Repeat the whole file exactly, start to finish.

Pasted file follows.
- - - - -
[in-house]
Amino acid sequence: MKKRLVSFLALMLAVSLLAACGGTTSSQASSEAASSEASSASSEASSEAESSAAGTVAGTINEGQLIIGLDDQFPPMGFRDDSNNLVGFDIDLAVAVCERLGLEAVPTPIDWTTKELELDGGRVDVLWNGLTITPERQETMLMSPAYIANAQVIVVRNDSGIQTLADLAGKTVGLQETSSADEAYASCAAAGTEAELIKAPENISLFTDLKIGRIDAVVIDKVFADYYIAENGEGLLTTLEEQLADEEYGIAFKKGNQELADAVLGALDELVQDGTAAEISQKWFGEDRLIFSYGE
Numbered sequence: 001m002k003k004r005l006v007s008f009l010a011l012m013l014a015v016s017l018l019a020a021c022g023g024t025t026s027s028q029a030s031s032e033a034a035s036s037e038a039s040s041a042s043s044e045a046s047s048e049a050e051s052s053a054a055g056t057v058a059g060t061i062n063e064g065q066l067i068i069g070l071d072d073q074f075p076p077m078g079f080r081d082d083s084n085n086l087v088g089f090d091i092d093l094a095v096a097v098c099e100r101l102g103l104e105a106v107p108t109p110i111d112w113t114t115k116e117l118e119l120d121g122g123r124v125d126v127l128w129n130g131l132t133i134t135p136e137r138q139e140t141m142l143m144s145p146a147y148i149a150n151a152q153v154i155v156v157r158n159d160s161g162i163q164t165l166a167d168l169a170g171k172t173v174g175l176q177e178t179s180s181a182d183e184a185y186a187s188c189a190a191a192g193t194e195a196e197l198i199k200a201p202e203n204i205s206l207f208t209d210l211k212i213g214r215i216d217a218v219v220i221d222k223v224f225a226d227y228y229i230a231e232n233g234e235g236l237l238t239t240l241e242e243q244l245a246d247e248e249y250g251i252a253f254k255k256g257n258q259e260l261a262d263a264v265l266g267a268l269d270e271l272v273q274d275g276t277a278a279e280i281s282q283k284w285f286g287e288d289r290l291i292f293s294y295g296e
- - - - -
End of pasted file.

[in-house]
Amino acid sequence: MKKRLVSFLALMLAVSLLAACGGTTSSQASSEAASSEASSASSEASSEAESSAAGTVAGTINEGQLIIGLDDQFPPMGFRDDSNNLVGFDIDLAVAVCERLGLEAVPTPIDWTTKELELDGGRVDVLWNGLTITPERQETMLMSPAYIANAQVIVVRNDSGIQTLADLAGKTVGLQETSSADEAYASCAAAGTEAELIKAPENISLFTDLKIGRIDAVVIDKVFADYYIAENGEGLLTTLEEQLADEEYGIAFKKGNQELADAVLGALDELVQDGTAAEISQKWFGEDRLIFSYGE
Numbered sequence: 001m002k003k004r005l006v007s008f009l010a011l012m013l014a015v016s017l018l019a020a021c022g023g024t025t026s027s028q029a030s031s032e033a034a035s036s037e038a039s040s041a042s043s044e045a046s047s048e049a050e051s052s053a054a055g056t057v058a059g060t061i062n063e064g065q066l067i068i069g070l071d072d073q074f075p076p077m078g079f080r081d082d083s084n085n086l087v088g089f090d091i092d093l094a095v096a097v098c099e100r101l102g103l104e105a106v107p108t109p110i111d112w113t114t115k116e117l118e119l120d121g122g123r124v125d126v127l128w129n130g131l132t133i134t135p136e137r138q139e140t141m142l143m144s145p146a147y148i149a150n151a152q153v154i155v156v157r158n159d160s161g162i163q164t165l166a167d168l169a170g171k172t173v174g175l176q177e178t179s180s181a182d183e184a185y186a187s188c189a190a191a192g193t194e195a196e197l198i199k200a201p202e203n204i205s206l207f208t209d210l211k212i213g214r215i216d217a218v219v220i221d222k223v224f225a226d227y228y229i230a231e232n233g234e235g236l237l238t239t240l241e242e243q244l245a246d247e248e249y250g251i252a253f254k255k256g257n258q259e260l261a262d263a264v265l266g267a268l269d270e271l272v273q274d275g276t277a278a279e280i281s282q283k284w285f286g287e288d289r290l291i292f293s294y295g296e